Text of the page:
Greg 12 Nov 2010 04:37:08
I'm as English in my roots as they come. (white) but I'm uneasy about it as an identity label because of the monocultural imperialist and racial associations that are still there.. And my feeeling is that this is stronger up north where I now live than it is in multiculural metropolitan London.. Most white people in Lancashire instinctively exclude minorities .. especially Muslims from being English..
Naoise Mac Sweeney 12 Nov 2010 04:36:52
Elisabeth: Good point about 'integration'. 'Inclusion' does seem to be a good option.
Phil Mawhinney 12 Nov 2010 04:36:24
Sunny - just read your piece; thanks for link. In terms of devolution then. If Scotland became independent would that help further 'detoxify' (a toxic word these days) 'Englishness?' Do you have any thoughts on devolution more generally?
Naoise Mac Sweeney 12 Nov 2010 04:35:48
Kam: me too! Things get even more complex the more mixed you are too...
Ryan ROTA 12 Nov 2010 04:35:29
Doesn't national citizenship carry within it a set of inherent exclusions - in other words, the non-British?
Marco Martiniello 12 Nov 2010 04:34:44
Tariq; I agree! Racism has no place in multicultural democracy. I also think that the debates on culture and identity are crucial. it is not an ether or situation. We need to address economic and cultural dominations at the same time
catherine 12 Nov 2010 04:34:25
Yes, tariq is right, it also encompasses a very negative consequence of segregation
Sunny Hundal 12 Nov 2010 04:34:10
Rob/Director - it's already the case that different authorities interpret things differently... nothing I say suggests that will change, improve or get worse!
biasmagazine 12 Nov 2010 04:34:03
Rob how would you challenge the man at the bus stop who wont have it when you tell him you are english born and bred and he then asks where is your family from?
Tariq Modood 12 Nov 2010 04:33:42
Elisabeth: What Merkel calls 'multiculturalism' is the segregation of denizens, 'guest-workers'. I agree that Germany tried it and it has failed and should not be revived. But that just opens up the space for a more genuine kind of multiculturalism, not leitkultur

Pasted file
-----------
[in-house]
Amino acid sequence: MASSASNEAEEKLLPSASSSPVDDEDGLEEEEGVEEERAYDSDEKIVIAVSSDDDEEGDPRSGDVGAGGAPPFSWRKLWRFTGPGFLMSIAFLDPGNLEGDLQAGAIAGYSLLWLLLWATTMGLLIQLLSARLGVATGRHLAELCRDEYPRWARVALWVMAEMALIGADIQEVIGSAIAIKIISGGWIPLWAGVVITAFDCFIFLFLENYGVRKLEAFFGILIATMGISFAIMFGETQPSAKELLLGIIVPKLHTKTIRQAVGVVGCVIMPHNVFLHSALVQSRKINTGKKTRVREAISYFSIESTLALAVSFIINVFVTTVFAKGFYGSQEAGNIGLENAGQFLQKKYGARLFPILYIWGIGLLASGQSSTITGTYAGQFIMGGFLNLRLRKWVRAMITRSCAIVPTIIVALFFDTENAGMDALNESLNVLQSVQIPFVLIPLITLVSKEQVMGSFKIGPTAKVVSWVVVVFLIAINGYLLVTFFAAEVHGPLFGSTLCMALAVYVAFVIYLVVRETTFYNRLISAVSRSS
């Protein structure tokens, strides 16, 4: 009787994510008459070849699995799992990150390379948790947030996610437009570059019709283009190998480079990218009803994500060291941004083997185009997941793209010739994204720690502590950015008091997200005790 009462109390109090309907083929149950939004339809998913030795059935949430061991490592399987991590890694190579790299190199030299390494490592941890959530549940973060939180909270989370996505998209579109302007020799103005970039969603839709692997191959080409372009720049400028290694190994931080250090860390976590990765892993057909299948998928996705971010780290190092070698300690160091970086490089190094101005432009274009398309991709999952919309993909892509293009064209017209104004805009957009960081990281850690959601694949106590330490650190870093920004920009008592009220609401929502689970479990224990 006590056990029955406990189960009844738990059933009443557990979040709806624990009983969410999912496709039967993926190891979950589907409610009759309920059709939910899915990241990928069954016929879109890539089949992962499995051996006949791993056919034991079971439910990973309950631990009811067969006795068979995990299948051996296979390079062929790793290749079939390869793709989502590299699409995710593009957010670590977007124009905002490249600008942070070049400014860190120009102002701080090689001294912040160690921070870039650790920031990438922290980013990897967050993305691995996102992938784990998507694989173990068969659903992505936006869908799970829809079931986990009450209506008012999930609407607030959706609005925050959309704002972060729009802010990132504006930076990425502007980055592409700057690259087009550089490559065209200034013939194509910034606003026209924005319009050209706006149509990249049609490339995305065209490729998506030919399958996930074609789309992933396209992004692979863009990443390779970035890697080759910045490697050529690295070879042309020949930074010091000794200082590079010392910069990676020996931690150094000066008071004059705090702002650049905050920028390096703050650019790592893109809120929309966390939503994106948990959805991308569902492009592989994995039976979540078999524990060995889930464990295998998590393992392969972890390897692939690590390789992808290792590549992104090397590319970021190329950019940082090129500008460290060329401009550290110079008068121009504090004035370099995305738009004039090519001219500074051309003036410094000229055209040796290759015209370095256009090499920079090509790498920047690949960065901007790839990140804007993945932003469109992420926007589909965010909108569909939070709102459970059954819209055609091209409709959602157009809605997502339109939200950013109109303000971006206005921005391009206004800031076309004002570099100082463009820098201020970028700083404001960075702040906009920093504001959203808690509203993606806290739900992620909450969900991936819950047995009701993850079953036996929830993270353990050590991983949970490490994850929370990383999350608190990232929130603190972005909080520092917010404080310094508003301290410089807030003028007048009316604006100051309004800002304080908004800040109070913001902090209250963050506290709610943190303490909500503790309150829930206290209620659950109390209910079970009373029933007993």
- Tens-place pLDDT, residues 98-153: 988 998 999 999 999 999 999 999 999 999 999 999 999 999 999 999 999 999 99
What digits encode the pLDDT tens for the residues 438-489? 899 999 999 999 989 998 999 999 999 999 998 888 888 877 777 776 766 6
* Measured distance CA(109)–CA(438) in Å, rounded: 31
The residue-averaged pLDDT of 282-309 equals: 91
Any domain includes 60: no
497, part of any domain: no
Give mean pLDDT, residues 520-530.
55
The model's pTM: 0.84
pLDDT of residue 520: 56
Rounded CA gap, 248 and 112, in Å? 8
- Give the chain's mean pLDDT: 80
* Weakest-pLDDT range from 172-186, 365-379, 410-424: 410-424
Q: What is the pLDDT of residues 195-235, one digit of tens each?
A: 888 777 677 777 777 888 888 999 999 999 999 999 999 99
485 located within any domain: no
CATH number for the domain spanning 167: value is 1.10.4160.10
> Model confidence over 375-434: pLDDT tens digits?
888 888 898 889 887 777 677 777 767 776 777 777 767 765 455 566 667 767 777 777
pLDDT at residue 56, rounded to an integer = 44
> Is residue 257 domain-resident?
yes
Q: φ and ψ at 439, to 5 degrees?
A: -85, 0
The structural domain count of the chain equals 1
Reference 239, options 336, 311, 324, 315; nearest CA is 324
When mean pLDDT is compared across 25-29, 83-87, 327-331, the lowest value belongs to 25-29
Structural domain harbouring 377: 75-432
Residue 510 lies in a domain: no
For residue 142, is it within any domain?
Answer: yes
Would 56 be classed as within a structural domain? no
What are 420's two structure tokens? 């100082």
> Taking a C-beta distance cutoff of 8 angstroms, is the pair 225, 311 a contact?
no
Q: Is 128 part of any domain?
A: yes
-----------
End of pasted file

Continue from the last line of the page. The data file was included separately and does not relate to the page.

Sunny Hundal 12 Nov 2010 04:33:30
Rob/Director - you're right about decision making being decentralised. But that's the case even if you want to protect 'multiculturalism' - unless you write down a list of policies you think every authority in the UK should sign up to under 'multiculturalism'.
catherine 12 Nov 2010 04:33:05
MC in germany is not taken to refer explicitly or specifically to diversity management, but much more loosely stg that refers to a broad societal permisiveness--they use the term 'multiculti' to cover stg much closer to hippy-dippy... if you'll forgive the slang.
Kam 12 Nov 2010 04:32:59
I've always answered "london" when asked where i'm from but have generally been very reluctant to accept that as an answer
Elisabeth 12 Nov 2010 04:32:39
Back to terminology - I think integration is a hopeless term. In this country where I am writing from there is a separate Directorate for Integration. Integration is a two way process but the state tend to use "integration" policies as a tool for assimilation. Inclusion is far better.
Phil Mawhinney 12 Nov 2010 04:32:22
That's ok Sunny - in some ways I am a director...
Sunny Hundal 12 Nov 2010 04:31:54
Oops, the comment about Englishness was directed at Phil, not director
Director 12 Nov 2010 04:31:35
I'm with Sunny - I'm English too - partly because anyone who finds it contradictory that I can be black and English, needs to be challenged.
Tariq Modood 12 Nov 2010 04:31:32
Marco: i would agree that we could not have social justice with deep economic inequalities; but the elimination of deep economic inequalities is compatible with racism and cultural hegemony, so we need to ensure that we do not have a reductive notion of social justice
Kam 12 Nov 2010 04:31:11
Catherine, what did MC mean in Germany?
Sunny Hundal 12 Nov 2010 04:31:07
Naoise - not every drive at inclusiveness has to be done like Sarkozy. There are other ways as well...
Sunny Hundal 12 Nov 2010 04:30:23
Sunny Hundal 12 Nov 2010 04:30:21
Hi Director, not at all. I write about my transition to 'Englishness' here:
catherine 12 Nov 2010 04:30:20
Elisaboth, no I don't think it ever really did MC. Also, I think it means stg completely different in Germany and that Merkl's comments didn't actually mean what we thought... she's not *that* stupid!
Greg 12 Nov 2010 04:29:55